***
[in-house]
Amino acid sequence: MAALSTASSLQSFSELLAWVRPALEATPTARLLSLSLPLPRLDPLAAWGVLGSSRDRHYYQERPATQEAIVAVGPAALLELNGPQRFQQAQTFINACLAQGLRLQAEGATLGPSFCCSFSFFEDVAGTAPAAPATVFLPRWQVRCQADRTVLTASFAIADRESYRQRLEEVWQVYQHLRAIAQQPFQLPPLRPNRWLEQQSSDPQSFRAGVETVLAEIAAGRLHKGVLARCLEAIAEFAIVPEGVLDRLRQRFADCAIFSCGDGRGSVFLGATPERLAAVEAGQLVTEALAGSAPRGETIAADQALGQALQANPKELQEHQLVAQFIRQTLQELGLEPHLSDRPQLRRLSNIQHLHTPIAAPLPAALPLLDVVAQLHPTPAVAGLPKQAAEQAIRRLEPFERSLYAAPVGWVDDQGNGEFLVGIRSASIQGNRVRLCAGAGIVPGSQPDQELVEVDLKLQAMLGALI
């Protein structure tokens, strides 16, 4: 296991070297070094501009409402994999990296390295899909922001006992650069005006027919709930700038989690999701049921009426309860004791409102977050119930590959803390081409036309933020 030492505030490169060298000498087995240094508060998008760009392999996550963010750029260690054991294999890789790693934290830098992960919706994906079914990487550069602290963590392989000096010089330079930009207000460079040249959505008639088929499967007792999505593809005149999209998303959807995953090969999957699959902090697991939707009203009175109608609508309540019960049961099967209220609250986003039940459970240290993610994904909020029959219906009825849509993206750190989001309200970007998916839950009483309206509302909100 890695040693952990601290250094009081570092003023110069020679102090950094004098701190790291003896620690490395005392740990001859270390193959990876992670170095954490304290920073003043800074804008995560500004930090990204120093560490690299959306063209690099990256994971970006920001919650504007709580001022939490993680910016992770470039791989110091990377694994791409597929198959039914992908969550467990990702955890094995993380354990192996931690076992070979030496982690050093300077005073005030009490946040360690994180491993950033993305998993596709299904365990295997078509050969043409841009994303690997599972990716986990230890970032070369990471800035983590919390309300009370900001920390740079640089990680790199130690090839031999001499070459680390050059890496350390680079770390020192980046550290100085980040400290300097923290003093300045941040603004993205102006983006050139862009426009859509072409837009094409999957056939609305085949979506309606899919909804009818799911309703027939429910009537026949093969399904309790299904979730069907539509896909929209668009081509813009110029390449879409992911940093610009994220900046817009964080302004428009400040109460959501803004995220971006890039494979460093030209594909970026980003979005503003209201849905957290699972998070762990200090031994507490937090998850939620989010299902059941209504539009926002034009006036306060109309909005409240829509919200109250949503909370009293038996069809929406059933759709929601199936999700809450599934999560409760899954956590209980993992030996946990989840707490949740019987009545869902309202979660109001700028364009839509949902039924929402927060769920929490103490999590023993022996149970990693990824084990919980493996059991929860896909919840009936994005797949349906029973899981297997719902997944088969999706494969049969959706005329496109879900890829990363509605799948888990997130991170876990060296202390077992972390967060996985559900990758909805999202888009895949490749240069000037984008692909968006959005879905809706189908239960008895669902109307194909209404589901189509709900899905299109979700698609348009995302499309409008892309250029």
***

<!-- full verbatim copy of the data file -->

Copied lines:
[in-house]
Amino acid sequence: MAALSTASSLQSFSELLAWVRPALEATPTARLLSLSLPLPRLDPLAAWGVLGSSRDRHYYQERPATQEAIVAVGPAALLELNGPQRFQQAQTFINACLAQGLRLQAEGATLGPSFCCSFSFFEDVAGTAPAAPATVFLPRWQVRCQADRTVLTASFAIADRESYRQRLEEVWQVYQHLRAIAQQPFQLPPLRPNRWLEQQSSDPQSFRAGVETVLAEIAAGRLHKGVLARCLEAIAEFAIVPEGVLDRLRQRFADCAIFSCGDGRGSVFLGATPERLAAVEAGQLVTEALAGSAPRGETIAADQALGQALQANPKELQEHQLVAQFIRQTLQELGLEPHLSDRPQLRRLSNIQHLHTPIAAPLPAALPLLDVVAQLHPTPAVAGLPKQAAEQAIRRLEPFERSLYAAPVGWVDDQGNGEFLVGIRSASIQGNRVRLCAGAGIVPGSQPDQELVEVDLKLQAMLGALI
């Protein structure tokens, strides 16, 4: 296991070297070094501009409402994999990296390295899909922001006992650069005006027919709930700038989690999701049921009426309860004791409102977050119930590959803390081409036309933020 030492505030490169060298000498087995240094508060998008760009392999996550963010750029260690054991294999890789790693934290830098992960919706994906079914990487550069602290963590392989000096010089330079930009207000460079040249959505008639088929499967007792999505593809005149999209998303959807995953090969999957699959902090697991939707009203009175109608609508309540019960049961099967209220609250986003039940459970240290993610994904909020029959219906009825849509993206750190989001309200970007998916839950009483309206509302909100 890695040693952990601290250094009081570092003023110069020679102090950094004098701190790291003896620690490395005392740990001859270390193959990876992670170095954490304290920073003043800074804008995560500004930090990204120093560490690299959306063209690099990256994971970006920001919650504007709580001022939490993680910016992770470039791989110091990377694994791409597929198959039914992908969550467990990702955890094995993380354990192996931690076992070979030496982690050093300077005073005030009490946040360690994180491993950033993305998993596709299904365990295997078509050969043409841009994303690997599972990716986990230890970032070369990471800035983590919390309300009370900001920390740079640089990680790199130690090839031999001499070459680390050059890496350390680079770390020192980046550290100085980040400290300097923290003093300045941040603004993205102006983006050139862009426009859509072409837009094409999957056939609305085949979506309606899919909804009818799911309703027939429910009537026949093969399904309790299904979730069907539509896909929209668009081509813009110029390449879409992911940093610009994220900046817009964080302004428009400040109460959501803004995220971006890039494979460093030209594909970026980003979005503003209201849905957290699972998070762990200090031994507490937090998850939620989010299902059941209504539009926002034009006036306060109309909005409240829509919200109250949503909370009293038996069809929406059933759709929601199936999700809450599934999560409760899954956590209980993992030996946990989840707490949740019987009545869902309202979660109001700028364009839509949902039924929402927060769920929490103490999590023993022996149970990693990824084990919980493996059991929860896909919840009936994005797949349906029973899981297997719902997944088969999706494969049969959706005329496109879900890829990363509605799948888990997130991170876990060296202390077992972390967060996985559900990758909805999202888009895949490749240069000037984008692909968006959005879905809706189908239960008895669902109307194909209404589901189509709900899905299109979700698609348009995302499309409008892309250029």